8. Legal Counsel Corner: This legal commentary blog covers the latest headlines in business law, bail bonds, bankruptcy, class action lawsuits, family law and more.
  9. ABA Blogs: Find law blogs in every single niche, plus tickers of the featured and most popular blogs and posts.
  10. Adjunct Law Prof Blog: Mitchell H. Rubinstein is an adjunct professor at New York Law School and blogs about interesting cases, from domestic violence to health care. He also posts about New York law and law school issues.
  11. American Constitution Society: The ACS tracks top law cases and news.

Theory and Philosophy

Here you’ll find discussion and research devoted to legal theory and philosophy.

  1. Dorf on Theory: Cornell law professor Michael Dorf, with his lawyer and professor friends, muses on various law topics here.
  2. Kenneth Anderson’s Law of War and Just War Theory Blog: This law professor from American University blogs about international laws of war.
  3. Ernie the Attorney: Ernie has been blogging since 2002 and examines how the legal system responds to change.
  4. Leiter Reports: Law professors will appreciate this philosophy blog that comments on academia, intellectual property and legal philosophy.
  5. Florida Student Philosophy Blog: Florida undergrads, grad students and faculty discuss logic, ethics, the philosophy of law and plenty of other topics here.
  6. Engage: Conversations in Philosophy: Follow this blog for intriguing discussions and questions about social responsibility, public policy, civil disobedience and more.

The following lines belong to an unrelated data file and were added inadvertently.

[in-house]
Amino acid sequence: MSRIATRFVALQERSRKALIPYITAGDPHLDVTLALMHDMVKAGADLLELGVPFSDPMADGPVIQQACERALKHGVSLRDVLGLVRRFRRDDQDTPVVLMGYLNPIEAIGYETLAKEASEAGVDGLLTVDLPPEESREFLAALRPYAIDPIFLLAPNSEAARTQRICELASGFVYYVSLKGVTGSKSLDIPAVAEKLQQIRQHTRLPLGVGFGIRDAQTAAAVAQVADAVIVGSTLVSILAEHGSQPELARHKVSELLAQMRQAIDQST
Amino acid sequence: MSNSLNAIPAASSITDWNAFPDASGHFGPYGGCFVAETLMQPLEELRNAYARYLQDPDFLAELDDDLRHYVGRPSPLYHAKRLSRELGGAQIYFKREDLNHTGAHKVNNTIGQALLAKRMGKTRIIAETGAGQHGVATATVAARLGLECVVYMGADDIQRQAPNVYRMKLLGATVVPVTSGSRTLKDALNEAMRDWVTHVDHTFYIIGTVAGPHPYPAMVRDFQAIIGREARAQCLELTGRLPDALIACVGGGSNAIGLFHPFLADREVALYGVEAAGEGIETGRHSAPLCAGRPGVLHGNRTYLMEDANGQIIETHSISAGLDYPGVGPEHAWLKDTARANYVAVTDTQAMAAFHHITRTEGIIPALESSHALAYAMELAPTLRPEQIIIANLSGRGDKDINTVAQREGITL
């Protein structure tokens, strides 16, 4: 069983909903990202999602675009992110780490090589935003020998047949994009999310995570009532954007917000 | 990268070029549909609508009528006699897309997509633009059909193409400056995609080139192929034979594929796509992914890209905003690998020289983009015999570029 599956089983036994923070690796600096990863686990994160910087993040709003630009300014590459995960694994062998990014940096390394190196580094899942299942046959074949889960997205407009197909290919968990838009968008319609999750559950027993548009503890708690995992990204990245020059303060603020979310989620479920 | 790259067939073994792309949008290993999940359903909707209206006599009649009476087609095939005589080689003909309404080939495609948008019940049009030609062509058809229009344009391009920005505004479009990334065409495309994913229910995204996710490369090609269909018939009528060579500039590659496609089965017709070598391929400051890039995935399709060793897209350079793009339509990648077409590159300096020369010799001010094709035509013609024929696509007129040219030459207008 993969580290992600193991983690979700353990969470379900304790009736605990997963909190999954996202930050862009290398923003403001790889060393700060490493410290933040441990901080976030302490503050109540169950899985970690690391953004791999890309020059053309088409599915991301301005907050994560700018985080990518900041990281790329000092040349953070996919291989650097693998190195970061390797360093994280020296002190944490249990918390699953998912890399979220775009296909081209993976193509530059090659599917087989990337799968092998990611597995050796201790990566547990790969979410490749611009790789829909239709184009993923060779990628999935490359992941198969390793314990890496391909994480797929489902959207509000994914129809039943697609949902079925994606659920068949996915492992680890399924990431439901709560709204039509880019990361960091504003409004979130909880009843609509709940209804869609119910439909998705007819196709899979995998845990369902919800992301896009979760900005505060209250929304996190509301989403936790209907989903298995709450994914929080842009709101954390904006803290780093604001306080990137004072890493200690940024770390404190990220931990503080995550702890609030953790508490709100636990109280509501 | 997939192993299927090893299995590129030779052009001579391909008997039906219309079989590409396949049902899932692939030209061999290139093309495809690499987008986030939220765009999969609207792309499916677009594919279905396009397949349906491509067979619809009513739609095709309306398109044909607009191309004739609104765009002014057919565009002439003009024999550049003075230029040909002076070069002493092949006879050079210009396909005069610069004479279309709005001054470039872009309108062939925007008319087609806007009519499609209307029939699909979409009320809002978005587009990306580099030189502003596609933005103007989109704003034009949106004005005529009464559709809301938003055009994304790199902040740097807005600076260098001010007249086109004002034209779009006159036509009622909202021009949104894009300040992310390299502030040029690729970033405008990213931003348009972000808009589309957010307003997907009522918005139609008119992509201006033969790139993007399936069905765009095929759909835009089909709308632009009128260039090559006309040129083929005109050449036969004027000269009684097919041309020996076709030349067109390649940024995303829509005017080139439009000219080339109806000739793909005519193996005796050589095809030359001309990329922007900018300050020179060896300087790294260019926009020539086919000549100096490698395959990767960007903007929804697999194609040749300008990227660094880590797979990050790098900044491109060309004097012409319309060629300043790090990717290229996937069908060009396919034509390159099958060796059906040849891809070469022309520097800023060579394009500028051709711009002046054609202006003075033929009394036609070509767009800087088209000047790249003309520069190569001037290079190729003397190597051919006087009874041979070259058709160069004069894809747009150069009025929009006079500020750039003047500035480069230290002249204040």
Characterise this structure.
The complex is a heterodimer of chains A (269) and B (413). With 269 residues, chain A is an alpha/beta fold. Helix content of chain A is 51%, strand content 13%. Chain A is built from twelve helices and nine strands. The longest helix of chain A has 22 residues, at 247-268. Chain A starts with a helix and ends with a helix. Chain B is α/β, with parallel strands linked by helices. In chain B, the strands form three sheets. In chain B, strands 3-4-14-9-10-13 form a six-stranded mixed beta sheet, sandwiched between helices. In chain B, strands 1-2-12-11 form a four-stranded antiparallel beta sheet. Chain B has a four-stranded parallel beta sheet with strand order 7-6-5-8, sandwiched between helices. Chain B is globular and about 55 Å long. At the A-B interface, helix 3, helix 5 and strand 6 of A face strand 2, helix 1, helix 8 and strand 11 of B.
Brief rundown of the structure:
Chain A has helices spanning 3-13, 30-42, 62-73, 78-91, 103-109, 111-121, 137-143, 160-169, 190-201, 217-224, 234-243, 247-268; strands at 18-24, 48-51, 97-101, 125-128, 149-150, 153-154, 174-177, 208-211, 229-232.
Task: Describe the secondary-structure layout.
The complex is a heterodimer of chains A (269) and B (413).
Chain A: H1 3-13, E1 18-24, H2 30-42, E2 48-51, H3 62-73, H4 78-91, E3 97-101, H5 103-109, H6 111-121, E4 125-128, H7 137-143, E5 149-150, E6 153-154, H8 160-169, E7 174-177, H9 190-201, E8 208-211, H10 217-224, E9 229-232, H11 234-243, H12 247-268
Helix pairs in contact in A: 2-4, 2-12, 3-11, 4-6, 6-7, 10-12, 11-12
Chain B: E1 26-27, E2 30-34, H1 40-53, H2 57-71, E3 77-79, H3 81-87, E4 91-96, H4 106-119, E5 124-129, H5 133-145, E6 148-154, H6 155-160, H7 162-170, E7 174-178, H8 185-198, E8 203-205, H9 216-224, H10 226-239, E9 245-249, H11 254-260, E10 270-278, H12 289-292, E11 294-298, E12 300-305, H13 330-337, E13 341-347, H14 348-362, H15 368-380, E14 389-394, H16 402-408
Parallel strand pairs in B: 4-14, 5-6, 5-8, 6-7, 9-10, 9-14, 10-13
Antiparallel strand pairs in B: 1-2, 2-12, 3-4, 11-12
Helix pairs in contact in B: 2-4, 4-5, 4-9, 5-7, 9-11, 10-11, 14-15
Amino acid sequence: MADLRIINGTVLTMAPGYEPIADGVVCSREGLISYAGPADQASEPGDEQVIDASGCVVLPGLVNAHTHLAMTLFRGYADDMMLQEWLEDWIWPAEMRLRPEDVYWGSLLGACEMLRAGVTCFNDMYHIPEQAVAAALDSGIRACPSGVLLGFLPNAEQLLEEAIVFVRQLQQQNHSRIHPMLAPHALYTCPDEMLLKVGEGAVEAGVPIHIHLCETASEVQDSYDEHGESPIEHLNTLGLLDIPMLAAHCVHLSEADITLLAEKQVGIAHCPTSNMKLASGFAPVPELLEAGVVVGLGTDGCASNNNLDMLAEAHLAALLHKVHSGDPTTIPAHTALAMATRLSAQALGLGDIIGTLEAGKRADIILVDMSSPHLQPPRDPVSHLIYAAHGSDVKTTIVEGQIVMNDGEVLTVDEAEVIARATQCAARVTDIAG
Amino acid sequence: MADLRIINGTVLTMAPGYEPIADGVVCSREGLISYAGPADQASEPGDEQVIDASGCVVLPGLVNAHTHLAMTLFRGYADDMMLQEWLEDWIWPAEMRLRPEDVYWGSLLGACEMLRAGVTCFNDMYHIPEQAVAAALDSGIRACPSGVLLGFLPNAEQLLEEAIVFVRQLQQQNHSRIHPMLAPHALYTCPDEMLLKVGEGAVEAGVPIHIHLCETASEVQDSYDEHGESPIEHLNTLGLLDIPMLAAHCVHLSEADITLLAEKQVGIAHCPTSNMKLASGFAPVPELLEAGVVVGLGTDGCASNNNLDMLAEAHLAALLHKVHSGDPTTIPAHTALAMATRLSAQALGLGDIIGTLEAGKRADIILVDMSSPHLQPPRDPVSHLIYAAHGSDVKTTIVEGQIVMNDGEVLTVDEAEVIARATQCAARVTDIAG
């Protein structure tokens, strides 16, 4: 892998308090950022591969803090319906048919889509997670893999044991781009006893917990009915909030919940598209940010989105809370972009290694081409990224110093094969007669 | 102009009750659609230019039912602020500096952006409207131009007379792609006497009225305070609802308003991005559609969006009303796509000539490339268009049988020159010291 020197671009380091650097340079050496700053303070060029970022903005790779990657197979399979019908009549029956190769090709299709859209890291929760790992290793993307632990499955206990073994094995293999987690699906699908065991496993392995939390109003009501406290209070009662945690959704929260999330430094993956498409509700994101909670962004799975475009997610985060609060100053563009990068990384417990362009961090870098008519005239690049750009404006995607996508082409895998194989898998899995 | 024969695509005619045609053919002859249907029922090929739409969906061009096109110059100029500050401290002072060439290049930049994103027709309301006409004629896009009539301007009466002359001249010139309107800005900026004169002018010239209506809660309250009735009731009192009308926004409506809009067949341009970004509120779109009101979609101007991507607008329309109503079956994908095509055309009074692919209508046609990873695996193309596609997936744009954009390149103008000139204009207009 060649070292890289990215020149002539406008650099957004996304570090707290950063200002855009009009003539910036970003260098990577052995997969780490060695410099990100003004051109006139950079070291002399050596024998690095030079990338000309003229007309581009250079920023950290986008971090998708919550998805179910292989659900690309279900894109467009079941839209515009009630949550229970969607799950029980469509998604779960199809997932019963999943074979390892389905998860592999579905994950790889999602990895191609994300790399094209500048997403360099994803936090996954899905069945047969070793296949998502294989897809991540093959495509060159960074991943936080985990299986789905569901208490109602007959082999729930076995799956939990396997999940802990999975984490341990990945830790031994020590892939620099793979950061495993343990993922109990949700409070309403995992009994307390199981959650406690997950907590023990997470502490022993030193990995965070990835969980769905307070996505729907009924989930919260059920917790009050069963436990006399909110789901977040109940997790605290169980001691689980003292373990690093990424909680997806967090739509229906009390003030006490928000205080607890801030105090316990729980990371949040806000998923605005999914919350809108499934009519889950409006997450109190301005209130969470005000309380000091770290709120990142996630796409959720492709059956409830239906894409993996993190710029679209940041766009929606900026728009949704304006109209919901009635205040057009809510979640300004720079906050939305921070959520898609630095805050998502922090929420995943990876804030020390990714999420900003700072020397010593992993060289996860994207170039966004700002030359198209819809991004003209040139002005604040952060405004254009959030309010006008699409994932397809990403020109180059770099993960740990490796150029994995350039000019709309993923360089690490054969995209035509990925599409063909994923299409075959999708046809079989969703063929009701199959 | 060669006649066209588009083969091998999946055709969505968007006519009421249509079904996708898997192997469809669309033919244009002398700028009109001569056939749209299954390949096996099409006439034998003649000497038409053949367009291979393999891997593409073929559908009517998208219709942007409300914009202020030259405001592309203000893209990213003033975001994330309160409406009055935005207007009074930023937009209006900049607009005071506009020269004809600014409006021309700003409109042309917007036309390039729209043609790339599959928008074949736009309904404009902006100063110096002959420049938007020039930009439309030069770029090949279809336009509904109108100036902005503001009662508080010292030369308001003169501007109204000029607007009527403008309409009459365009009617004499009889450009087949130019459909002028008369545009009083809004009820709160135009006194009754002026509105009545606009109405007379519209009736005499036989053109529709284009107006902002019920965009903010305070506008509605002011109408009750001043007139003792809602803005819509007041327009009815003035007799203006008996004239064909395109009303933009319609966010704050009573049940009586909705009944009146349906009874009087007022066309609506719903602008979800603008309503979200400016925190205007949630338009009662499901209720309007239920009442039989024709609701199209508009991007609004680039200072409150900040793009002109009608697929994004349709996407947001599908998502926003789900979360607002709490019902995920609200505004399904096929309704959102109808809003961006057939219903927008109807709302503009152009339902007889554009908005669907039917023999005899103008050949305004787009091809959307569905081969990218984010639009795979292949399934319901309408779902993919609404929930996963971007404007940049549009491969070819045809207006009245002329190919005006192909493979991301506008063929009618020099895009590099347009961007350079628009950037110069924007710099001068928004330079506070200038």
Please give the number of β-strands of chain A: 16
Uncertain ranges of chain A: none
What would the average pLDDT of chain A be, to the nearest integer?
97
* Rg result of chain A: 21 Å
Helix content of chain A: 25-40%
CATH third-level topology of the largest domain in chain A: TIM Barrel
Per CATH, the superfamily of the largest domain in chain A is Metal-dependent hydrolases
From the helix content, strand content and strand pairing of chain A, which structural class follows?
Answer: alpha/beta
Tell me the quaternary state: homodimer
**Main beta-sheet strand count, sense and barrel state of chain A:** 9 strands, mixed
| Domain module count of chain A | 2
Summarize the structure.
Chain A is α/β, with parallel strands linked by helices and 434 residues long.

7. Feminist Legal Theory: Learn all about feminist legal theory from this blog, published by the UC Davis School of Law.

Business Law

Business law professors will find plenty of resources and commentary on these blogs.

  1. M&A Law Prof: Read about mergers and acquisitions and major cases within the industry from Brian JM Quinn and Michael A. Woronoff.
  2. May It Please the Court: J. Craig Williams blogs about legal news and mostly business law subjects.
  3. The Conglomerate: This blog follows and analyzes top business law cases and economic policy.
  4. The Becker-Posner Blog: This prominent blog covers practically everything, but it’s a great resource for business and economics law.
  5. The Harvard Law School Forum on Corporate Governance and Financial Regulation: HLS faculty and fellows share commentary about business law, banking, and more.
Mitchell H. Rubinstein

November 10, 2009 in Blogs, Faculty | Permalink | Comments (1)

Wednesday, September 30, 2009

List of Law School Bloggers

Evidence Prof Blog is putting together a list of law professors who blog, available here. Unlike some other lists, adjunct profs are included and therefore, this blog is included. Readers may find this posting of interest.

Mitchell H. Rubinstein 

September 30, 2009 in Blogs, Faculty | Permalink | Comments (0) | TrackBack (0)